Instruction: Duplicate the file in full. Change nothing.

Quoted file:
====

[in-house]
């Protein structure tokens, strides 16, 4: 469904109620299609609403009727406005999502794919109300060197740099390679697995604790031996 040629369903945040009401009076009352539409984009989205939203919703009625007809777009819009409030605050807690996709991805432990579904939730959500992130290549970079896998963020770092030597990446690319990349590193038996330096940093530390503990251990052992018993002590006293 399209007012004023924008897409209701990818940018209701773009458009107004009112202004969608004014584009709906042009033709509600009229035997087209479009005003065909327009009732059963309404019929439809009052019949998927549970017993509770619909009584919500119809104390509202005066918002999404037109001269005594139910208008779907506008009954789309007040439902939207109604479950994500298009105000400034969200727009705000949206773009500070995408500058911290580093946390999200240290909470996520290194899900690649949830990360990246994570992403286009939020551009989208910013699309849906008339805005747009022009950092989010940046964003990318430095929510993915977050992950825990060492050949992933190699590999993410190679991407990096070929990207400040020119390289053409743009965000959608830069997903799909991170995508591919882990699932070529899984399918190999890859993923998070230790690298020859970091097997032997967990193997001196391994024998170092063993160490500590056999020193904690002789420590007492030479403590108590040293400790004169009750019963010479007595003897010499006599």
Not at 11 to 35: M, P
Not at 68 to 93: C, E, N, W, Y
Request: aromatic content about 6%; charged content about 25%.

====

[in-house]
């Protein structure tokens, strides 16, 4: 469904109620299609609403009727406005999502794919109300060197740099390679697995604790031996 040629369903945040009401009076009352539409984009989205939203919703009625007809777009819009409030605050807690996709991805432990579904939730959500992130290549970079896998963020770092030597990446690319990349590193038996330096940093530390503990251990052992018993002590006293 399209007012004023924008897409209701990818940018209701773009458009107004009112202004969608004014584009709906042009033709509600009229035997087209479009005003065909327009009732059963309404019929439809009052019949998927549970017993509770619909009584919500119809104390509202005066918002999404037109001269005594139910208008779907506008009954789309007040439902939207109604479950994500298009105000400034969200727009705000949206773009500070995408500058911290580093946390999200240290909470996520290194899900690649949830990360990246994570992403286009939020551009989208910013699309849906008339805005747009022009950092989010940046964003990318430095929510993915977050992950825990060492050949992933190699590999993410190679991407990096070929990207400040020119390289053409743009965000959608830069997903799909991170995508591919882990699932070529899984399918190999890859993923998070230790690298020859970091097997032997967990193997001196391994024998170092063993160490500590056999020193904690002789420590007492030479403590108590040293400790004169009750019963010479007595003897010499006599």
Not at 11 to 35: M, P
Not at 68 to 93: C, E, N, W, Y
Request: aromatic content about 6%; charged content about 25%.